Robson MADGEN (1870-1936)
Born in Nenthead, Cumberland, England, MADGEN emigrated to Canada in 1897 and homesteaded at Morningside, Alberta. He returned to England in 1910 to marry Esther Annie ANGUS, 1873-1924?, also of Nenthead. The couple settled on the Morningside homestead. Their son, Leonard Angus, 1911-1987?, took over the farm upon Robson's death. He later moved to Ponoka, and retired to Calgary.

Alfred WYNDHAM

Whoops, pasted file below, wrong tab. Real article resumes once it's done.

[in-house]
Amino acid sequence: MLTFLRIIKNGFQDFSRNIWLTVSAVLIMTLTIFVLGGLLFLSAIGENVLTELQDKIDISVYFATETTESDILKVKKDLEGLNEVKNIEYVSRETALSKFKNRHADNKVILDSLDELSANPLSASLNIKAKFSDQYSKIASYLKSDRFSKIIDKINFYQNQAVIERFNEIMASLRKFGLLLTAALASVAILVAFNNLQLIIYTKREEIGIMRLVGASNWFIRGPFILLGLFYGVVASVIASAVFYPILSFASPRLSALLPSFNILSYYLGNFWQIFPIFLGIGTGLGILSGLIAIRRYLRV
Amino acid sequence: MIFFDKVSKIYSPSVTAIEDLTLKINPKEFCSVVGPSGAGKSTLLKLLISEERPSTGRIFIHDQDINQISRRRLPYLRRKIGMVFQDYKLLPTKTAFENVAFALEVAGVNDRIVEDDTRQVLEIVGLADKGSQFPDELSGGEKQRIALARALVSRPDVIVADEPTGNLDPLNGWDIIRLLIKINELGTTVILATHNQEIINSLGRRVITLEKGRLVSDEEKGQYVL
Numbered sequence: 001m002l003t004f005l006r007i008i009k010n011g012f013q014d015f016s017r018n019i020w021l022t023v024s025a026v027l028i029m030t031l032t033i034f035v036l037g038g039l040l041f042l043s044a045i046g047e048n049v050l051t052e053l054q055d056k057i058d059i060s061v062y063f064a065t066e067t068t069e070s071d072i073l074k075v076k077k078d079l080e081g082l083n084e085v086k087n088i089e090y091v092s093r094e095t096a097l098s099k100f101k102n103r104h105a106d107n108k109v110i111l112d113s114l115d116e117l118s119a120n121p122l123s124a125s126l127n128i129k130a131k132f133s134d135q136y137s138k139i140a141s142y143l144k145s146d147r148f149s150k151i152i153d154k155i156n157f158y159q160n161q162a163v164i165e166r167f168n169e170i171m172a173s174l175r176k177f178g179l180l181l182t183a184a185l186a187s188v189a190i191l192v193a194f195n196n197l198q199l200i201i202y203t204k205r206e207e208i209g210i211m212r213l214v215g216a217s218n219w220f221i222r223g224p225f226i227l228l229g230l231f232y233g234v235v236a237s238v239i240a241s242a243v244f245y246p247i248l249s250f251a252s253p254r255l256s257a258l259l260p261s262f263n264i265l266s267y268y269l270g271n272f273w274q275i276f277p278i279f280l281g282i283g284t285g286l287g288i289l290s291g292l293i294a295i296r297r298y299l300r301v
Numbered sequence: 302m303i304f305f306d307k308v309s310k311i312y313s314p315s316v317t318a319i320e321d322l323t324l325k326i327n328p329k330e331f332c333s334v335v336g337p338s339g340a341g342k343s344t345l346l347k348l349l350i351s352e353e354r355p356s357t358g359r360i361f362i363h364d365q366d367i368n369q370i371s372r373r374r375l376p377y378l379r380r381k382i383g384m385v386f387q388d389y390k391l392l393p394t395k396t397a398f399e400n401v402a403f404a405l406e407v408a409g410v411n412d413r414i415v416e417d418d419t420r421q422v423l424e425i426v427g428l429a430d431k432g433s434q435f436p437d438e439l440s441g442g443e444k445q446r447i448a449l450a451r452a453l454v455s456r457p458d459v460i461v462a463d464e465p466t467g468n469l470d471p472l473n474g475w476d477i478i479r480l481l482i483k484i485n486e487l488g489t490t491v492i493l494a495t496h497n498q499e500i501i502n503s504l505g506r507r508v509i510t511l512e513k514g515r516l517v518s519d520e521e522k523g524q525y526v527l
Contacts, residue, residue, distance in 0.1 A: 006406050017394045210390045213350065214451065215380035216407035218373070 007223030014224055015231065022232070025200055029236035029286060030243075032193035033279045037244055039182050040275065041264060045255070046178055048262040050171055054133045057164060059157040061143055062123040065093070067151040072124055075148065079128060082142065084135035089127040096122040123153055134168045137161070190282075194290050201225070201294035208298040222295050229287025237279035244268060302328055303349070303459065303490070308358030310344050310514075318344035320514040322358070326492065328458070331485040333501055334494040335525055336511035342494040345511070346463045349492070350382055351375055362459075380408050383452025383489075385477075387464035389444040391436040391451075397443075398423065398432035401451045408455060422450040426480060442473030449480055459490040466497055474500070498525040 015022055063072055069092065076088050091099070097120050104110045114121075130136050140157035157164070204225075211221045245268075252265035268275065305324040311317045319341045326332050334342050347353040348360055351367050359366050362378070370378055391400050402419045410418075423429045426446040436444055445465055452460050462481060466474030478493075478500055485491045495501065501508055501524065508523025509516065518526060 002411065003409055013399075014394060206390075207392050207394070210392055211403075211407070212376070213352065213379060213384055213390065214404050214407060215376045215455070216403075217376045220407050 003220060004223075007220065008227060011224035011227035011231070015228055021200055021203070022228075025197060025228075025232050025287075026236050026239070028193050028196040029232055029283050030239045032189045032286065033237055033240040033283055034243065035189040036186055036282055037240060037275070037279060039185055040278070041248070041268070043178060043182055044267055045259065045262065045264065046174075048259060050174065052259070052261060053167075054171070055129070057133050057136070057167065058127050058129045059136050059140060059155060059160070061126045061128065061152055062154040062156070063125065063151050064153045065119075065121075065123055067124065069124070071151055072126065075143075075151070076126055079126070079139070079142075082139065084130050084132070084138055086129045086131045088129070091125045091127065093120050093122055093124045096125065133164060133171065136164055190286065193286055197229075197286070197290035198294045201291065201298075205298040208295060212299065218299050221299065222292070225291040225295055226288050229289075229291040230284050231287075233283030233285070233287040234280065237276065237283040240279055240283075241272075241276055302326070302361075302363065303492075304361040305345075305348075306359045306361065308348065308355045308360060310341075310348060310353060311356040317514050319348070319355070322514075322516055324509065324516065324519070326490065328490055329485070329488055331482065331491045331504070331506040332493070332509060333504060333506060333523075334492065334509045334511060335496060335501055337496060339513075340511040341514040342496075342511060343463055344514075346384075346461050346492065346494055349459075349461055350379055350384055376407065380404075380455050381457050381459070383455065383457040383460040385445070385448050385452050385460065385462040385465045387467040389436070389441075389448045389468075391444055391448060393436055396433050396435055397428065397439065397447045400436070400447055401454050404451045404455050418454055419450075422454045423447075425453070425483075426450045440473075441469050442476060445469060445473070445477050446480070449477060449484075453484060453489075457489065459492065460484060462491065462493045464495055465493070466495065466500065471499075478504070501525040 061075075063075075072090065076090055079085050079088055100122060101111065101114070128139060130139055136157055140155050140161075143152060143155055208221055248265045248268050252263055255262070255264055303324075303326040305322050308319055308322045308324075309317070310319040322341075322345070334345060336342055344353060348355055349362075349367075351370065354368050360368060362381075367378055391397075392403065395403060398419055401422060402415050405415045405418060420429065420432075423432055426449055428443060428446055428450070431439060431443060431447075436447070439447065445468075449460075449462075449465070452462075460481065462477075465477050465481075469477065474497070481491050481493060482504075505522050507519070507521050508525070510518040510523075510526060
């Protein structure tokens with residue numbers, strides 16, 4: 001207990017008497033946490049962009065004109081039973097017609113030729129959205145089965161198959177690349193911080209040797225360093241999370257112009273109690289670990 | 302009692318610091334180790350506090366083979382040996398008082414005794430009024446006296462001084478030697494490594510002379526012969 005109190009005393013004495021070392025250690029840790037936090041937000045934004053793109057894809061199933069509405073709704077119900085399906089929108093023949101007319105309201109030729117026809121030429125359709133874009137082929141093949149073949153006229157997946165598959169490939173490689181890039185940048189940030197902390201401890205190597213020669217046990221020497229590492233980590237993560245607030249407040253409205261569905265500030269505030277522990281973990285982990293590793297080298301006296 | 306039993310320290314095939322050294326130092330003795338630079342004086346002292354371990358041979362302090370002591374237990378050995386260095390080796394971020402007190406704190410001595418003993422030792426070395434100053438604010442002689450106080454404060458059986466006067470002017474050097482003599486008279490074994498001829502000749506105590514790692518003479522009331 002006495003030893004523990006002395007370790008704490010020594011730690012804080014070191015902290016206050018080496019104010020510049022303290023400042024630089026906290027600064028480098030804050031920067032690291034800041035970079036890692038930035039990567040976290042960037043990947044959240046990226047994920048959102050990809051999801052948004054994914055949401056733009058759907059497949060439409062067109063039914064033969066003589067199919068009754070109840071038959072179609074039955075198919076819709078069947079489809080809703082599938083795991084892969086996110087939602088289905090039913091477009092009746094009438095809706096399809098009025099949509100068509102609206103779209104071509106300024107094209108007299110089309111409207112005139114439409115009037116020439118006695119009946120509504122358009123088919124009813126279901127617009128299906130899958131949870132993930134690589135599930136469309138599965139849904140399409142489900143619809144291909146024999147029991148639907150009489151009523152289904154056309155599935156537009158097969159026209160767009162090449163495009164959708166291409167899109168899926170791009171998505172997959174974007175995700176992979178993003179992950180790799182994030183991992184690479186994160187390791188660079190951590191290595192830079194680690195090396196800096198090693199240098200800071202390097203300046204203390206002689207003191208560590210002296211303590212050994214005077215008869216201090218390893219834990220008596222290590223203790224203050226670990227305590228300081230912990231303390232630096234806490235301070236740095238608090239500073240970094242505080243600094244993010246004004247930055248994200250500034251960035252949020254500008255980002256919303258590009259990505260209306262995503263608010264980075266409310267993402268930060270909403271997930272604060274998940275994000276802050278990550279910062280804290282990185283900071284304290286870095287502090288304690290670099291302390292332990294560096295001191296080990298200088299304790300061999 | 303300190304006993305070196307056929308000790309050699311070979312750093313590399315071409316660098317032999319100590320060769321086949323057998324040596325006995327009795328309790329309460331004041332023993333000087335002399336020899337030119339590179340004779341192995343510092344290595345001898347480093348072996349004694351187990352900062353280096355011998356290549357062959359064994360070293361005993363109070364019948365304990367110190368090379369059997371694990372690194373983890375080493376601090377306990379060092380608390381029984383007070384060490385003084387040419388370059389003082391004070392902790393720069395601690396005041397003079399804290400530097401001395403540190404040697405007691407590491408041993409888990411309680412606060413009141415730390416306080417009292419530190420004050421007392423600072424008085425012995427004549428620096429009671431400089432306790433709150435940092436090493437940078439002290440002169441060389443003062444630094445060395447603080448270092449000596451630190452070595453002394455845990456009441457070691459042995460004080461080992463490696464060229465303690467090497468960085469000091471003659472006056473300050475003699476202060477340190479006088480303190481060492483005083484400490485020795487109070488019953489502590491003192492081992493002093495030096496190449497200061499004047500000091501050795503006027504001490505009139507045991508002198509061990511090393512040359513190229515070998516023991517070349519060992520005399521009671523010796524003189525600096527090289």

Alfred E. WYNDHAM and his wife, Caroline STUART, came from Dorsetshire, England and settled in Ontario. Alfred came west to command the 12th Battalion of York Rangers in the 1885 Riel Rebellion. The family joined him in 1887 and they homesteaded near Carseland, Alberta and built the IU Ranch. In 1910 they moved to Dorothy, Alberta. They had eleven children, including Alexander "Alex", Ernest Alfred, Charles Jr., Spencer, Mary (Campbell), Beatrice Ida, Walter, Tim and John S. "Jack". Alex, 1860-1949, was born in Toronto, educated in England and came to Calgary in 1877 to join the NWMP. He served in Steele's Scouts for five years and in the 1885 Riel Rebellion. He was discharged in 1890 and farmed near Carseland and Okotoks, Alberta. He retired to Carseland in 1934. Spencer, 1867-1944, homesteaded in the Kneehill area of Alberta with Charles and Tim in the early 1890s. He married Mary CROCKER, 1876-1968, in 1906 and they had three children, Charles Alfred, Spencer Trevelyan and Ralph Ewan. Mary CROCKER had emigrated to Alberta from Nebraska, USA with her parents ca. 1900, and lived in Ponoka and later North End Pine Lake where she was postmistress in her parents' store. She and Spencer lived in the Kootenay area of British Columbia, Grassy Lake and Elnora in Alberta, and finally moved to Washington, USA in 1922.